The second question was force majeure. What was it? I'm sorry. What was the specific about force majeure and impossibility in a restaurant context? Is that what it was?

Keith Hodeg: It's actually a mall context where the owner of the mall who's the borrower is contacting us. You know, they're temporarily shut down, but they're saying their tenants notified the mall owner that they're not going to keep paying because of their force majeure clauses in their underlying leases. But, you know [simultaneous speaking] get involved.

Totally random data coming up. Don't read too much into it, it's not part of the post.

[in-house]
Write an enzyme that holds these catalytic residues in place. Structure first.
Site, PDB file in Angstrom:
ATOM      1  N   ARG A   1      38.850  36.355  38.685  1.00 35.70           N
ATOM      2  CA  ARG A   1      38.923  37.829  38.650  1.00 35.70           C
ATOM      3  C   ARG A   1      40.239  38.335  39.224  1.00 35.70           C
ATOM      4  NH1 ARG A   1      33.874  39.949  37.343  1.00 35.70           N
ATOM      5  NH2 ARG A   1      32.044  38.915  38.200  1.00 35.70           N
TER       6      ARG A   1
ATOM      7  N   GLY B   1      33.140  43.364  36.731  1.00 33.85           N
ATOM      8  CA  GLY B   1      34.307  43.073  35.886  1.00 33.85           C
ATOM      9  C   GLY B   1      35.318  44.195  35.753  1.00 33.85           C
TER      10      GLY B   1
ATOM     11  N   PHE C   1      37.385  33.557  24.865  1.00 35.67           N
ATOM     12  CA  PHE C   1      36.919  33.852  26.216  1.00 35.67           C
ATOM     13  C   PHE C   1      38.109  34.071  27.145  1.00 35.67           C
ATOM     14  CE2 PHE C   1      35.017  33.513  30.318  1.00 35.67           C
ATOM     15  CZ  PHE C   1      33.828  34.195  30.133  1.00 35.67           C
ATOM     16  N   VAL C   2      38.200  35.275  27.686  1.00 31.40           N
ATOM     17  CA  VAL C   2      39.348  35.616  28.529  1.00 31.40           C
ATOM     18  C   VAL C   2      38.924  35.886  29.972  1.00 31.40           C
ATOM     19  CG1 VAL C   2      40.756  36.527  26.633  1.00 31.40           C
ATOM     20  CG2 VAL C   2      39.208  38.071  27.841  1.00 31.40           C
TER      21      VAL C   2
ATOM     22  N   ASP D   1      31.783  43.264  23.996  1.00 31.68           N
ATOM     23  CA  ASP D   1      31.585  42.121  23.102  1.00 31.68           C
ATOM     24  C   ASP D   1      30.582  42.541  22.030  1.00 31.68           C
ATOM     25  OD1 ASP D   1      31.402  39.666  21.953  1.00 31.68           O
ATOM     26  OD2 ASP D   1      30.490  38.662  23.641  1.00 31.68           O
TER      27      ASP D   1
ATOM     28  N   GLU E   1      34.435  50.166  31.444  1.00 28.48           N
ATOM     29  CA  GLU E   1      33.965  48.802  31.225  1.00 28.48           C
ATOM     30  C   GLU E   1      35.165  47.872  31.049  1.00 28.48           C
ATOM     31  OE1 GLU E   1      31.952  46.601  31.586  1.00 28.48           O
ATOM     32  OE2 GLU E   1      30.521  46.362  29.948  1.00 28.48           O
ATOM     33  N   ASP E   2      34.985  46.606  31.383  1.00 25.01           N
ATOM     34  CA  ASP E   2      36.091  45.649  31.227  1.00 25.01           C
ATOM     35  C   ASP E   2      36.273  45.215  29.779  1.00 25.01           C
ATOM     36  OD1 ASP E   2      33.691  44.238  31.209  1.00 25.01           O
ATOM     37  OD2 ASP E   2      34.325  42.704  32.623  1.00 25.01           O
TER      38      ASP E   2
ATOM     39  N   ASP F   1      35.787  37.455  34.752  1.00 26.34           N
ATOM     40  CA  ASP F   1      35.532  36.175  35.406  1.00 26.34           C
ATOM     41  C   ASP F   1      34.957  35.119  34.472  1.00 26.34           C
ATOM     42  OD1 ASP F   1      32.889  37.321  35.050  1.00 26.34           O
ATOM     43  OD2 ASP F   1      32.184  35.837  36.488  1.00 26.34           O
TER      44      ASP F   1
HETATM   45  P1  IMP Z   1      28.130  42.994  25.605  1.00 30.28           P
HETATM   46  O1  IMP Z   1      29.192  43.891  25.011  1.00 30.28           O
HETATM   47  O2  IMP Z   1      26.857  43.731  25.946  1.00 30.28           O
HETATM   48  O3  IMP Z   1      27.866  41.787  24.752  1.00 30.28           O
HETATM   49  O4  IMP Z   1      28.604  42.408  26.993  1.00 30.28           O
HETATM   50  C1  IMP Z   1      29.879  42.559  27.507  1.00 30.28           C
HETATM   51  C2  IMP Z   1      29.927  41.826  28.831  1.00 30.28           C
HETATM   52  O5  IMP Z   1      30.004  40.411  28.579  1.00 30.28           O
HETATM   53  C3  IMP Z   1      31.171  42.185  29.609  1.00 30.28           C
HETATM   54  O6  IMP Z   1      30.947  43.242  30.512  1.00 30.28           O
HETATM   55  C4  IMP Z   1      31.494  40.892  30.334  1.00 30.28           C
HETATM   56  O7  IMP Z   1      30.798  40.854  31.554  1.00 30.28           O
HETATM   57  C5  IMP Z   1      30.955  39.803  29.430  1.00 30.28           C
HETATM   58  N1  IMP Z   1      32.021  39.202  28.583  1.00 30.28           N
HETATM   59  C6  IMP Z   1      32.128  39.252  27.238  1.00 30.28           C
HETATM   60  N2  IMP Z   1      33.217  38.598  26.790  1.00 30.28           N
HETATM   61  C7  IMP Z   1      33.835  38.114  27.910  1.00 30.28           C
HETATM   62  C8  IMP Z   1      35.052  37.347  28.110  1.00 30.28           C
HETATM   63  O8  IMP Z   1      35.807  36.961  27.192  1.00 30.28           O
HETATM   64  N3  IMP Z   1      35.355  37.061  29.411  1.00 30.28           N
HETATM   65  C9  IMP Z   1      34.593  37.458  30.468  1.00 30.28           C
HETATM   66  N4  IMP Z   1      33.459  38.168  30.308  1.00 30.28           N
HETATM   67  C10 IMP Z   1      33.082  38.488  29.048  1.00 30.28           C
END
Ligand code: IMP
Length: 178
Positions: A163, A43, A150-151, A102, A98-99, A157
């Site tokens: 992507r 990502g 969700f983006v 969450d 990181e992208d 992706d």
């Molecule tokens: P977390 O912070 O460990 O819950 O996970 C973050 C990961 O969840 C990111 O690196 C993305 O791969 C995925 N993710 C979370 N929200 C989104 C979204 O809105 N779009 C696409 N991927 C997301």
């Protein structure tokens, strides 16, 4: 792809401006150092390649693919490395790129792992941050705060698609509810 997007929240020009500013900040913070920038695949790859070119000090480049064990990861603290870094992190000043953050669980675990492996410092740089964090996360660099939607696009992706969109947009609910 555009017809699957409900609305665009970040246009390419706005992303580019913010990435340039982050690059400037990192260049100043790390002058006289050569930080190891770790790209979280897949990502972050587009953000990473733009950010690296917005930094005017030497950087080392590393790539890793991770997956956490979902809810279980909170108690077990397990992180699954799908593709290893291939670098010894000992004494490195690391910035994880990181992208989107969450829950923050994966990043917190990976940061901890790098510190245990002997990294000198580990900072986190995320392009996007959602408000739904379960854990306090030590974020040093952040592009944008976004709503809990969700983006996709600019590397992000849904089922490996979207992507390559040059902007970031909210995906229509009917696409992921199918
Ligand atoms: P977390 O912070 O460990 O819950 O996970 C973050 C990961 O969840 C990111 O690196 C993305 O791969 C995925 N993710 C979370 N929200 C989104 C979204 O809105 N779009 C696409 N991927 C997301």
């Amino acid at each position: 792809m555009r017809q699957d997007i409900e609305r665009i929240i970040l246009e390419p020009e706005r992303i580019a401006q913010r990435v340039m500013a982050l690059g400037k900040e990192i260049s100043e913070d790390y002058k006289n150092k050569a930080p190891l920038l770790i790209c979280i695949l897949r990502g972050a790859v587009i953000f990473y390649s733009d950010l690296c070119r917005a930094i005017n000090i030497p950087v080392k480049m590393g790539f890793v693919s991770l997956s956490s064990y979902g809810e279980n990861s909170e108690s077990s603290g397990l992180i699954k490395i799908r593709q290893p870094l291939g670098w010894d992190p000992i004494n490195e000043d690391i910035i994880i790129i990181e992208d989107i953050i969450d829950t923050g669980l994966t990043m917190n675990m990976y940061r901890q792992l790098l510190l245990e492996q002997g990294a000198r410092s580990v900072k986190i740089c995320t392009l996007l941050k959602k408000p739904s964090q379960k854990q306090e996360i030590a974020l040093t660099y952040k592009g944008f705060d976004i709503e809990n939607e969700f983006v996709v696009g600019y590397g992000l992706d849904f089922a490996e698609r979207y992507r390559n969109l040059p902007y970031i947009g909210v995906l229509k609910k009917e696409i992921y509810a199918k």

Daniel Weede: Yeah, I would be surprised if they had force majeure. I'm not looking at it, but I would be surprised if a sophisticated landlord like a mall landlord had force majeure to allow a tenant not to pay on force majeure. They probably have just been saying, "I can't do it." I mean, force majeure or no, it doesn't really matter. Right? If you can't make a payment, it doesn't really matter if you're pointing to force majeure and they can't make a payment. That gets back to what we were originally talking about earlier and it's we're just going to have to, you know, kind of both sides will have to work together. But I don't think, you know, tenants are going to be successful in force majeure. If the government said it is now against the law to congregate in groups greater than 50 or 100 and you have to shut down these establishments kind of like northern Italy was doing that, and of course we saw that in China, then if it's illegal then you could have that. That would be strong evidence of impossibility. So I think it is something that is out there. I don't think a lot of this is going to turn on that and in loan documents, if you really drill down in your loan document, a lot of that is waived. Most of [inaudible] have that waived in their form document.